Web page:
If you aren’t practicing proper oral hygiene, harmful bacteria will grow in your mouth. This harmful bacteria can lead to periodontal disease, also known as gum disease, which is an infection of the tissues that surround and support your teeth.
While periodontal disease has been well documented and publicized over the past couple years, people still don’t seem to take it quite seriously. Not only can periodontal disease cause bleeding and inflamed gums, but it can also lead to tooth loss. On top of that, there have also been recent studies that have linked gum disease to major health problems.
There are many possibilities why gum disease could be harmful to your overall health, one of those possibilities being a bacterial infection. Bacteria can actually travel anywhere throughout the body. With that being said, below are a few ways gum disease can affect your overall health:
- It can be harmful to your heart. There are many studies that have shown gum disease to be linked to heart disease. Though the cause-and-effect link hasn’t been completely identified, research still indicates that gum disease is a risk factor for heart disease. Periodontal disease can also worsen existing heart problems.
- It can possibly affect your respiratory system. It’s been known that inhaling harmful bacteria can cause respiratory infections,which means inhaling the bacteria that grows due to gum disease can also lead to respiratory infections, such as pneumonia.
- Your memory may suffer. There is some research that suggests that people with gum disease may be at greater risk for developing Alzheimer’s. Additional research also suggests that gum disease is linked to mild cognitive impairment, like memory problems that make daily tasks a bit more difficult.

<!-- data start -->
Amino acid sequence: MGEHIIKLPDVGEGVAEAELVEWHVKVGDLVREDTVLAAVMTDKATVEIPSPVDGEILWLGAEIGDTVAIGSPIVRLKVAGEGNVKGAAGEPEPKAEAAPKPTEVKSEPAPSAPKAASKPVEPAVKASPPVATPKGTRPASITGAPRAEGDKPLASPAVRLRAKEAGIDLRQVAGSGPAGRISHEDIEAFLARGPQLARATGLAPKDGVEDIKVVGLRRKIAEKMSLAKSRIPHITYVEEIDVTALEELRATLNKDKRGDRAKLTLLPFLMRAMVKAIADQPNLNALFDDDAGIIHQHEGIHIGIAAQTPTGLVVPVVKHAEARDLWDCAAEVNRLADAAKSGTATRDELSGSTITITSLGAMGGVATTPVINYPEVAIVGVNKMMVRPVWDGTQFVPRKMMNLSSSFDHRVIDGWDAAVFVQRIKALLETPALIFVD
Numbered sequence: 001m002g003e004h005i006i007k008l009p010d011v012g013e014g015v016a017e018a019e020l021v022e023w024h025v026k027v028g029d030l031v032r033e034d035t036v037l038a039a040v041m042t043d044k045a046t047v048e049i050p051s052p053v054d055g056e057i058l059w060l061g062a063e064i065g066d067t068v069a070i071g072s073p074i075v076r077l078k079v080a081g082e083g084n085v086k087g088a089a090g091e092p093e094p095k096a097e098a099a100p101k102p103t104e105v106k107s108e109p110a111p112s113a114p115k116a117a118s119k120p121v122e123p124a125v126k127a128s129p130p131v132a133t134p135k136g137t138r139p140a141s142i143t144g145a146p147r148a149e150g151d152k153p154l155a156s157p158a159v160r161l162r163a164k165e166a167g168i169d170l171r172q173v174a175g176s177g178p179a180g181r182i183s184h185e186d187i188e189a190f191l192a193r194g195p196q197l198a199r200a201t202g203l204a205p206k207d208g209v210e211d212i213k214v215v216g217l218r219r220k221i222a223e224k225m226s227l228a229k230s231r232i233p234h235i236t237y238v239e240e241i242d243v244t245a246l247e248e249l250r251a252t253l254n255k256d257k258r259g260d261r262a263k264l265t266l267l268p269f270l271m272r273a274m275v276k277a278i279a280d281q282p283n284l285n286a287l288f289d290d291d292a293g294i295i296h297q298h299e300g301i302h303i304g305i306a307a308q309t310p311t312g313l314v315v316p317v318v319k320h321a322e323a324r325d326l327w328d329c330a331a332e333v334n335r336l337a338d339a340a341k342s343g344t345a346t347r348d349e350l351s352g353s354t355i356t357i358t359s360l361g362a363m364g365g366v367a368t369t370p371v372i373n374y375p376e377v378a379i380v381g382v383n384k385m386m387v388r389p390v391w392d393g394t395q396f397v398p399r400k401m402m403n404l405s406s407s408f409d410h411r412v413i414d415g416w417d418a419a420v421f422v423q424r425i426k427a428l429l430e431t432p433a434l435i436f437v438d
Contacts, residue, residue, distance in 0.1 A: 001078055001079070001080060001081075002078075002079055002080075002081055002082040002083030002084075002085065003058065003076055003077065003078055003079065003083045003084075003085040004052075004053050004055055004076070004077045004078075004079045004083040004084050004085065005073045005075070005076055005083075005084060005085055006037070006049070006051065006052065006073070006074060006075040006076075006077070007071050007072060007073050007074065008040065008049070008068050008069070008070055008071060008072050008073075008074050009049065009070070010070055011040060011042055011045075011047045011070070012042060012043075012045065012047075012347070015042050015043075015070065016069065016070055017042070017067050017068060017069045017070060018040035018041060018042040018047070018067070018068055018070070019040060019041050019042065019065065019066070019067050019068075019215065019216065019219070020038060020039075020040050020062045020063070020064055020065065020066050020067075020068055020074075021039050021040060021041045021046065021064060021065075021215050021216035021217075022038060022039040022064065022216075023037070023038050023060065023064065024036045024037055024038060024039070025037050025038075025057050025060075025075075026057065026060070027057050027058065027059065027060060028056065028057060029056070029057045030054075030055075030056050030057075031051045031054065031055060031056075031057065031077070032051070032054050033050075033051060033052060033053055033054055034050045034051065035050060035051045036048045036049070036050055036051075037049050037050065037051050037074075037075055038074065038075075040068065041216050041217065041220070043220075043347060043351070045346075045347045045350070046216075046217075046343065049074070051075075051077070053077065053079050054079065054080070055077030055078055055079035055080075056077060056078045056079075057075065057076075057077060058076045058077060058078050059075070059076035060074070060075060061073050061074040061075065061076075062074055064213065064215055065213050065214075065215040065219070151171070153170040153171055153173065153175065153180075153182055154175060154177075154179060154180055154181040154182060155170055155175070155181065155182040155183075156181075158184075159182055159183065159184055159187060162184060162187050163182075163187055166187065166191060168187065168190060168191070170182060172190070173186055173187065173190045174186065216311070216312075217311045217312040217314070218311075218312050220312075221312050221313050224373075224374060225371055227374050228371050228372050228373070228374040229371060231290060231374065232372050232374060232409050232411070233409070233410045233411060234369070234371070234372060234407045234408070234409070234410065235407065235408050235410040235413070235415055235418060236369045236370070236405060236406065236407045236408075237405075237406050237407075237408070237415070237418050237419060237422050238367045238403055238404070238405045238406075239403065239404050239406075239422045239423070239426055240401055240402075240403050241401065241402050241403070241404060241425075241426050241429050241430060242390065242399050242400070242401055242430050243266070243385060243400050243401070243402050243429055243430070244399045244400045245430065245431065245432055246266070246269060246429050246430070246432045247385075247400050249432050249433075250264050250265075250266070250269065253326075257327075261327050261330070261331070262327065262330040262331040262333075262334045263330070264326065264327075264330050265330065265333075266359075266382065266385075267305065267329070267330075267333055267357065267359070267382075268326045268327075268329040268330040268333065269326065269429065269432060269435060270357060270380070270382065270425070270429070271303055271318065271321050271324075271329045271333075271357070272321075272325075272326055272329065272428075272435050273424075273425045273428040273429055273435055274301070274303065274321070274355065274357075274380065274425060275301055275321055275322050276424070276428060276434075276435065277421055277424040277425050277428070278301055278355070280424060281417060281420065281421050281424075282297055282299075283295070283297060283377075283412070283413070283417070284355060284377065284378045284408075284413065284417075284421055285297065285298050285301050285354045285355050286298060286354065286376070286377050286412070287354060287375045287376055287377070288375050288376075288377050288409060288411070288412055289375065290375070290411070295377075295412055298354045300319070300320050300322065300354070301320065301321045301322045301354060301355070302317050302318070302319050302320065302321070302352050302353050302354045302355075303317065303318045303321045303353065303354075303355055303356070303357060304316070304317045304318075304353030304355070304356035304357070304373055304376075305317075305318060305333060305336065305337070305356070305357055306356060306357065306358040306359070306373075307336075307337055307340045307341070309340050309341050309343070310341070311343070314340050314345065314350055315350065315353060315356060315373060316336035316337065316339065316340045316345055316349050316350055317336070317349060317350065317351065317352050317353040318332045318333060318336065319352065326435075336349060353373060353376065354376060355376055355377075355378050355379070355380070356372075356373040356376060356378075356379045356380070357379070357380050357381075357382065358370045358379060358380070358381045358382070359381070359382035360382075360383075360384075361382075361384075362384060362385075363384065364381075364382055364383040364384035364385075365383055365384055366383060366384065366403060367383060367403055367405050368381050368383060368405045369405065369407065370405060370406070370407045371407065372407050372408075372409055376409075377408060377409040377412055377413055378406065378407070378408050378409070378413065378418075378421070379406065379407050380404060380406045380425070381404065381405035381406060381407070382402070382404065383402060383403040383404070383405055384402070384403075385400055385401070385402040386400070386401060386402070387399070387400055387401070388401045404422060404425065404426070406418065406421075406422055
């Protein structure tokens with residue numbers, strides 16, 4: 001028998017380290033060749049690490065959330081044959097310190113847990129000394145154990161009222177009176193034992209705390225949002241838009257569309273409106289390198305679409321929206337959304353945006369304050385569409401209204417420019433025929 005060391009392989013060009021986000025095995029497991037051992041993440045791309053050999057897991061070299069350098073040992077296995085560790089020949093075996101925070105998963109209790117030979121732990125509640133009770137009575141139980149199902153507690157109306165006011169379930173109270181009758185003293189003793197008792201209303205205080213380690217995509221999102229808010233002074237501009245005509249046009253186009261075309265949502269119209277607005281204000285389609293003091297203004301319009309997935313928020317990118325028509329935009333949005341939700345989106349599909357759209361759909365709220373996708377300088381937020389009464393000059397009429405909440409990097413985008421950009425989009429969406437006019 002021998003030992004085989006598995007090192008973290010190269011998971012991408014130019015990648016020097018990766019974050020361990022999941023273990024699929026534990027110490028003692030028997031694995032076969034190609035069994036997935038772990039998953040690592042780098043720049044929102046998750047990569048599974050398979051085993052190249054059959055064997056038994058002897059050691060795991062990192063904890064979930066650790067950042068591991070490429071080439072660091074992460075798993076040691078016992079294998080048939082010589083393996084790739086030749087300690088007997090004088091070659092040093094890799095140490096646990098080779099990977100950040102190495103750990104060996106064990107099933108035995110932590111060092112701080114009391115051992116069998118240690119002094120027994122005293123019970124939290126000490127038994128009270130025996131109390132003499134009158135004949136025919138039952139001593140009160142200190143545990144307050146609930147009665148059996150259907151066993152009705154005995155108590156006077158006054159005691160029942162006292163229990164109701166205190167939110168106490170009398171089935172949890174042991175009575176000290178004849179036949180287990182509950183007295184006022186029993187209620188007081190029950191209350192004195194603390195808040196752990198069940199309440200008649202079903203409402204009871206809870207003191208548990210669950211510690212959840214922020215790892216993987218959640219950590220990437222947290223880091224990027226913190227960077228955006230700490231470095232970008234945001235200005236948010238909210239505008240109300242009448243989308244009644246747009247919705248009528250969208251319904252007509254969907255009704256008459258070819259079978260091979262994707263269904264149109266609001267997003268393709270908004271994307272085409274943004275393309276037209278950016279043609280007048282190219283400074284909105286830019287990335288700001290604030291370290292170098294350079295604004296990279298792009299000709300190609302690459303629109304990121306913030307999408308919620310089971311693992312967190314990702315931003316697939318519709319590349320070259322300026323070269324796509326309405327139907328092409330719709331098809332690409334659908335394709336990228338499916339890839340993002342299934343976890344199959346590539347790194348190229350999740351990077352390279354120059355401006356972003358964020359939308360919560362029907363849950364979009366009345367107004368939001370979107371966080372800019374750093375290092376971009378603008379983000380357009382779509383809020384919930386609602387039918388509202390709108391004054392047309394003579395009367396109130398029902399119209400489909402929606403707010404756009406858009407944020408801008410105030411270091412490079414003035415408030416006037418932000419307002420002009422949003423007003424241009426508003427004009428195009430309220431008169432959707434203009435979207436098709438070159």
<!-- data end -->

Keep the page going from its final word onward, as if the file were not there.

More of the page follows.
- It can make blood pressure difficult to control. Research has shown that people who suffer from diabetes are at higher risk for gum disease. This may be because people with diabetes are more vulnerable to infection, which includes gum disease. Research also indicates that gum disease can lead to increased blood sugar and diabetic complications.
- It may cause premature birth. While there are conflicting results, there have been studies that have shown links between gum disease and premature birth. Some research has shown that women with gum disease are more likely to deliver before full term, which sets the baby up for health risks. However, other studies don’t show a link. The research is still ongoing.
Don’t jeopardize your smile or put yourself at risk for major health complications. Be sure to practice proper oral hygiene to prevent gum disease, which involves brushing twice a day, flossing at least once and using an antimicrobial mouthwash. Also, don’t forget to visit your dentist for regular checkups and professional teeth cleanings.
If you think you may be suffering from periodontal disease, contact Dr. Anthony Yamada, DSS at 310-546-2595 to schedule a consultation today or visit www.anthonyyamadadds.com for additional information regarding gum disease.